Once the babies are born, genetics testing (through a painless swabbing of the inside of the cheek) is the only real way to determine if twins are identical or not (that is, if they don’t already look completely different from each other, and also, of course, if their genders differ!)

Additional twin facts:

The only type of twins that “run in the family” are dizygotic, because a mother’s genetic tendency to hyperovulate (ovulate more than one egg in one given cycle) can be passed down to her daughter. Although there is really no proven reason know for why monozygotic twins occur, it has been speculated that a rare enzyme found in sperm may cause the fertilized zygote to spontaneously split in two separate zygotes at some point during the blastocyst stage (during which tremendous, rapid cell division occurs) as it moves from the fallopian tube and arrives in the uterus prior to implantation. Conjoined (also referred to as Siamese) twins occur when the final division never fully completes. Conjoined twins can never occur in fraternal twinning, and can only be same gender.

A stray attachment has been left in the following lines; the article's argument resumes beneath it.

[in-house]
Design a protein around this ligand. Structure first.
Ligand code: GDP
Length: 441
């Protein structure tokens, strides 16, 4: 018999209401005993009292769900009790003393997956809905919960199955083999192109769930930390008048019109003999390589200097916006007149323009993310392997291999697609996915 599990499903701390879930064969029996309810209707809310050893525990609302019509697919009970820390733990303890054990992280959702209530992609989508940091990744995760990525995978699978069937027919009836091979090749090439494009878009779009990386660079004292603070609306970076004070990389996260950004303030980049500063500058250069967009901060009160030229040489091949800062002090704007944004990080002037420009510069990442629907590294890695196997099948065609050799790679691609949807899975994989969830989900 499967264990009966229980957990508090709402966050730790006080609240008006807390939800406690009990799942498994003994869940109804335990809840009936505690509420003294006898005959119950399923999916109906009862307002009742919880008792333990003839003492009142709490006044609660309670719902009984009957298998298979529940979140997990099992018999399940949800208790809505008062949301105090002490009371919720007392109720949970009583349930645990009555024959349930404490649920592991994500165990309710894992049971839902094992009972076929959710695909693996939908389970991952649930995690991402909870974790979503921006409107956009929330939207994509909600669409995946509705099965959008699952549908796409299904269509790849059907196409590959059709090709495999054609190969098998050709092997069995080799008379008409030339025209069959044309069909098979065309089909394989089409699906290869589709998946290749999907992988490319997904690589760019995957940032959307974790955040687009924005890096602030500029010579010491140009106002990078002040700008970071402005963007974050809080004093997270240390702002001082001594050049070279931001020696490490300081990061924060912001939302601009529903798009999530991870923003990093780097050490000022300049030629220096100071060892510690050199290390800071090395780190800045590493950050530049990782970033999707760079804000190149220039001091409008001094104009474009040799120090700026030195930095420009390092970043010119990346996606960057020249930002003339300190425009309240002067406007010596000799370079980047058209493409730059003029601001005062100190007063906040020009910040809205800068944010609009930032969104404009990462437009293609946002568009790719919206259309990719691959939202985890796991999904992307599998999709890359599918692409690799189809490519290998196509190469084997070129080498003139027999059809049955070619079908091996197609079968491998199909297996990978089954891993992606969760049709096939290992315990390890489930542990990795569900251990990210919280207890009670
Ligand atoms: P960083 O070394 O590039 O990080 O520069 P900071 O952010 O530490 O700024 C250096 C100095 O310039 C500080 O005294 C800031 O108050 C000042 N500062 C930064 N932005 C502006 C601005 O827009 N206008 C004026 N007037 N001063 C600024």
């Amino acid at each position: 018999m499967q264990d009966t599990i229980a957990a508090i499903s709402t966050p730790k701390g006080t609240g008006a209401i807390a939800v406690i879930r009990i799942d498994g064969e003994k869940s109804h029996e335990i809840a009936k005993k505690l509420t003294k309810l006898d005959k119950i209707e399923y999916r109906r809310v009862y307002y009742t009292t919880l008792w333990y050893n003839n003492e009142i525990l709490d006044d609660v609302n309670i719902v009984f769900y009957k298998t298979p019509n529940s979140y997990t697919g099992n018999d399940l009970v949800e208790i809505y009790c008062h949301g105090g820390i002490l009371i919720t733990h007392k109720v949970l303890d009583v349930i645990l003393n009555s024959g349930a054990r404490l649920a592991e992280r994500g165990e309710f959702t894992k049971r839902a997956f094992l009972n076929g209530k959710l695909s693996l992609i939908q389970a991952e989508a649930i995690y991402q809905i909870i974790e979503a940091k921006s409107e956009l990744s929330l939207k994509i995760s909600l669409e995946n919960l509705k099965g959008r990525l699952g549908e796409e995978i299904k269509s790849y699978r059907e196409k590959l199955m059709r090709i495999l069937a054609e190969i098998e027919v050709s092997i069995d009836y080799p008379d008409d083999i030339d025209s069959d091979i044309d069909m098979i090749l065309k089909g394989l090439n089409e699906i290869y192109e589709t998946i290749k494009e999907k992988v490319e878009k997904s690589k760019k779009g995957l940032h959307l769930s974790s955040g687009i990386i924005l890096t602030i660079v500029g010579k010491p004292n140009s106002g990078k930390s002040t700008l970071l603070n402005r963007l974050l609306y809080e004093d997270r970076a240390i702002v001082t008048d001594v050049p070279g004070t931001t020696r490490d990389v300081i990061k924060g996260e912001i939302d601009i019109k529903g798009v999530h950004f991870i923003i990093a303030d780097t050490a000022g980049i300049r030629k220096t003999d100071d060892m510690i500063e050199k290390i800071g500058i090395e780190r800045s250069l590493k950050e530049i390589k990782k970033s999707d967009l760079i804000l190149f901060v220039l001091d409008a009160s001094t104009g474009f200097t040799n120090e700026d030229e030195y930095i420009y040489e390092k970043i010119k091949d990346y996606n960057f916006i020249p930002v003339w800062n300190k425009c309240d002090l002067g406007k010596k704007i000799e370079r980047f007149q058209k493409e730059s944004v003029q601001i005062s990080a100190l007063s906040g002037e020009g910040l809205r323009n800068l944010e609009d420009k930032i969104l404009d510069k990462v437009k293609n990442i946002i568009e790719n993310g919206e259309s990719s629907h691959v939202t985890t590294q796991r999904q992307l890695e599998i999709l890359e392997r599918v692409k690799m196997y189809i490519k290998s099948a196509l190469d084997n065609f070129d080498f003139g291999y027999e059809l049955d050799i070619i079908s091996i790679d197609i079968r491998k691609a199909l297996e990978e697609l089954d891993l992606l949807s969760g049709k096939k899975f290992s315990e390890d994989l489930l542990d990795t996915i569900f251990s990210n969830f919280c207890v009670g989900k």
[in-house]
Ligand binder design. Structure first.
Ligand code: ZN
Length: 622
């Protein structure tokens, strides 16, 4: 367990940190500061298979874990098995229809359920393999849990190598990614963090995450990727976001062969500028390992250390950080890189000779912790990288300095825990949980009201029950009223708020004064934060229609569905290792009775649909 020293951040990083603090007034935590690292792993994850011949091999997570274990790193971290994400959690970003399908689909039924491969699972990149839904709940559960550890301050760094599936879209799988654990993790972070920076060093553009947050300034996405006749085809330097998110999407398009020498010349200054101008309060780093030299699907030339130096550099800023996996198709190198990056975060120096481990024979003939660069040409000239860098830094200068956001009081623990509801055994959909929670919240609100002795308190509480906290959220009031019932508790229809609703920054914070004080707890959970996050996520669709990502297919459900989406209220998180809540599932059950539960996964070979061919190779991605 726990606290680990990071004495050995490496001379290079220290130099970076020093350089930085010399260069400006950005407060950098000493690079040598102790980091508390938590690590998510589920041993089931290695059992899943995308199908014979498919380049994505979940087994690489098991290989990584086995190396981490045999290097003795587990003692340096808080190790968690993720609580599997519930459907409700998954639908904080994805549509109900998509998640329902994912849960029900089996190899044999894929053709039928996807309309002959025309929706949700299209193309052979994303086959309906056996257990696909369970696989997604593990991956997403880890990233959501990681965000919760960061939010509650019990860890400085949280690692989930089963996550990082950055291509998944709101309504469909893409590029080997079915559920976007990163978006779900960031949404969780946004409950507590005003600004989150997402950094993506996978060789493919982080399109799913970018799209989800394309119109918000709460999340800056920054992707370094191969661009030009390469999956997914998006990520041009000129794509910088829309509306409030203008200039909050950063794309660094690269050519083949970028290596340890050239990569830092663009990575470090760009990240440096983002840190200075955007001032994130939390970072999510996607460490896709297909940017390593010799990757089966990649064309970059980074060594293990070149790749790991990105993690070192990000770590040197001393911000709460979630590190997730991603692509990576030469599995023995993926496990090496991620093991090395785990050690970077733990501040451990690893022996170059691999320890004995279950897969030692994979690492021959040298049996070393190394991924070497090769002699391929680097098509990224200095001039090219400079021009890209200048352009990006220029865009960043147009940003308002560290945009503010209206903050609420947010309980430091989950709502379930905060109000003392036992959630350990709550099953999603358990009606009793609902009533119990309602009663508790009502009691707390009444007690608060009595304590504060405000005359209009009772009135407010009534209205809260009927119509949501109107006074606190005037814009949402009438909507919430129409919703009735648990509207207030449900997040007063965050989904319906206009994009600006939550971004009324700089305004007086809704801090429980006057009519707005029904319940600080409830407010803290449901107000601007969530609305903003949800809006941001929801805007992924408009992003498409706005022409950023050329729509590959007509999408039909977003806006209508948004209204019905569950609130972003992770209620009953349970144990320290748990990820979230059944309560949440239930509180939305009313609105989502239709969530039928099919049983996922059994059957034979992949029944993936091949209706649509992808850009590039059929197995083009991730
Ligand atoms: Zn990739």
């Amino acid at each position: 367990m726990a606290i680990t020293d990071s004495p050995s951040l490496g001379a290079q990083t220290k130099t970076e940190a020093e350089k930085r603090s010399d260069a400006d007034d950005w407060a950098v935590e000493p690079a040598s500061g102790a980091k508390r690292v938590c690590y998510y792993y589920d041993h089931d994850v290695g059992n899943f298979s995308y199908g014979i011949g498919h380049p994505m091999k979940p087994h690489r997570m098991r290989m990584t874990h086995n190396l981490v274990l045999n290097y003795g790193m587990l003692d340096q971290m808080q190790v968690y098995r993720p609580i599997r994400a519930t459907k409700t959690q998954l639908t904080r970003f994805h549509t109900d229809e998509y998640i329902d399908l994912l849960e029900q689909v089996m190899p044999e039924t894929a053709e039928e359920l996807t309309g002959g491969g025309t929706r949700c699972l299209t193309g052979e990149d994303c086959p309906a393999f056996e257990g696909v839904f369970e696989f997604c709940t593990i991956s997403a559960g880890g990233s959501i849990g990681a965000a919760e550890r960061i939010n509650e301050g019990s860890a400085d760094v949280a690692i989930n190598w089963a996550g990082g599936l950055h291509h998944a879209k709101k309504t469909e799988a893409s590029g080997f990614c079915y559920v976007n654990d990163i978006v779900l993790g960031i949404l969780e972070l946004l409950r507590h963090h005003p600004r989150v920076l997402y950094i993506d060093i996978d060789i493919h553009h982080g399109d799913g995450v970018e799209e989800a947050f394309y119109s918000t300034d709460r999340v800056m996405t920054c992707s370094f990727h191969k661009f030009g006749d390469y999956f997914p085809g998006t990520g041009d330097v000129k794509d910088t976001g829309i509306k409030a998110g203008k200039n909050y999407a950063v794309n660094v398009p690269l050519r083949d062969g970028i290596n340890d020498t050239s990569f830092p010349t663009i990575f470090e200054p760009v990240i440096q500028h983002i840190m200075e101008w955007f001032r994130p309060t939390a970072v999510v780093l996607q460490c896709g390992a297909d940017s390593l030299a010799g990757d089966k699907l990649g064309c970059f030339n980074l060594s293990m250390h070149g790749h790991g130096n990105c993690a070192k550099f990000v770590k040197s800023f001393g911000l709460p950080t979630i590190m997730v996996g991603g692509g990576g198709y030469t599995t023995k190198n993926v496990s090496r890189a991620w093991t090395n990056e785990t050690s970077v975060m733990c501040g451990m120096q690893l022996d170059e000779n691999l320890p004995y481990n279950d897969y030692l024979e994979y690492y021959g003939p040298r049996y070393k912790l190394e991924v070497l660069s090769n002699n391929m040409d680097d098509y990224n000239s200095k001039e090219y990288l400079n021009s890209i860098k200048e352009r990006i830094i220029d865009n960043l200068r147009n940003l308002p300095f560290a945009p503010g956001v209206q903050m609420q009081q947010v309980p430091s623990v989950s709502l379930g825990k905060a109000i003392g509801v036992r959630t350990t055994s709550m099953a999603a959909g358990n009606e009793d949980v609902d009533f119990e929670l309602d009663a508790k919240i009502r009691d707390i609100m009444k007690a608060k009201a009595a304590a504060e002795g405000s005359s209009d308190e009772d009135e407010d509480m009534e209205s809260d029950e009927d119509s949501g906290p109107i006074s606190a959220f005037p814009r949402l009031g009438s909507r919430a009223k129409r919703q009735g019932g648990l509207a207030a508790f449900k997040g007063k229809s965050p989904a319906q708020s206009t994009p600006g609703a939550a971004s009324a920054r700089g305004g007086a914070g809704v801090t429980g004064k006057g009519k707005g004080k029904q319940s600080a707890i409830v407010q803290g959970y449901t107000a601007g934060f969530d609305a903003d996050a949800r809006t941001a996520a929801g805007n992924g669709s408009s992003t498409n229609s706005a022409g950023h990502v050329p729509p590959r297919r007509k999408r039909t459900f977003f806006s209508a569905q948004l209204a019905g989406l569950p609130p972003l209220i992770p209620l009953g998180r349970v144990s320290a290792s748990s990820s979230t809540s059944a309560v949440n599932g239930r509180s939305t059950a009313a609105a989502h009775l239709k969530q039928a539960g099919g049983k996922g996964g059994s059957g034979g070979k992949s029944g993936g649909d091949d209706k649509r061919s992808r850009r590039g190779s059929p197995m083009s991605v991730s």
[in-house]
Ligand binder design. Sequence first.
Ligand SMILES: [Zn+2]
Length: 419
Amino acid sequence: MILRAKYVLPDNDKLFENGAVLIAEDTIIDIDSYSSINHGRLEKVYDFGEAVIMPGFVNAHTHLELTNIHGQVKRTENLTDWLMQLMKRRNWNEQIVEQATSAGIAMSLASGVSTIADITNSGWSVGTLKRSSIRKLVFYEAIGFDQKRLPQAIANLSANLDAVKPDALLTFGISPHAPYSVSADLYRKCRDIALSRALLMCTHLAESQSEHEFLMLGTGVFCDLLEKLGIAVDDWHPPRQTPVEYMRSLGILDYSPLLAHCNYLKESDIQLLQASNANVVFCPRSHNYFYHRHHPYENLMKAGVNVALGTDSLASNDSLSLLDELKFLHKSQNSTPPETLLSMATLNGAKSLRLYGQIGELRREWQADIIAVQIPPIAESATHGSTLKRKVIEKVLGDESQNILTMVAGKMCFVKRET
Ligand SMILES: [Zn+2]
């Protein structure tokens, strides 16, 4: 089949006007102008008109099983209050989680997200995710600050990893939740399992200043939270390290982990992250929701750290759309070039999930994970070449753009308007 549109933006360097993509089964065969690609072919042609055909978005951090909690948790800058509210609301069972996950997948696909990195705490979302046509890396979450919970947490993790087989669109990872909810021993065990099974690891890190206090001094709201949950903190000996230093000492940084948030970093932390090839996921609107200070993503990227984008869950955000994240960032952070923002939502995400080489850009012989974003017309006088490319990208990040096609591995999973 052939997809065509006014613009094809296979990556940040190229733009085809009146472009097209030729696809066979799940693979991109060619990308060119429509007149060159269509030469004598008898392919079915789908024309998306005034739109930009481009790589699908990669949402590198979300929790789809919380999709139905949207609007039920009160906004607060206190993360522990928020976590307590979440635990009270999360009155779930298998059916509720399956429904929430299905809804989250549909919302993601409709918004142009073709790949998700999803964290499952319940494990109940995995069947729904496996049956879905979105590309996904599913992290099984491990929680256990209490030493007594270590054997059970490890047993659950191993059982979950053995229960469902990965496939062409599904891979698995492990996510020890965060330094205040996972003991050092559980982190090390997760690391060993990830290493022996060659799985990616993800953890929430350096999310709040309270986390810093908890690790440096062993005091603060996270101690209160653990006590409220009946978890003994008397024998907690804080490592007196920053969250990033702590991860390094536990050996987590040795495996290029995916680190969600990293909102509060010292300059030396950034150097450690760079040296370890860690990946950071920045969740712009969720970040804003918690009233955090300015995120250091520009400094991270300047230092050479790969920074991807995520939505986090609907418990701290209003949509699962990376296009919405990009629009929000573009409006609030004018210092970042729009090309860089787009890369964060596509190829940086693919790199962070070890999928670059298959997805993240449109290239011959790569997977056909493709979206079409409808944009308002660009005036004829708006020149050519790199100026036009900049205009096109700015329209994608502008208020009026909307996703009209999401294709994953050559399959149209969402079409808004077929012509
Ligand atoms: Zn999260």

As for my three pairs of twins, I have all fraternal sets. I have two girls (with whom while I was pregnant were suspected to be identical); a boy/girl set; and finally two boys! Having been pregnant three times each with twins so I really don’t know what it’s like to be expecting a single baby. From having none to two, then to four, and then to six has been an amazing experience filled with many blessings as well as challenges! Looking back to when we were planning just one baby seems like a lifetime ago, but it all has been a journey I thank God my husband and I were chosen to travel.

 

For more comparable facts about twins types, please refer to this Zygosity Chart comparing Identical, Fraternal and Polar Body twins at multiples.about.com.

Blessings ~

What Happens When One Twin is Excluded?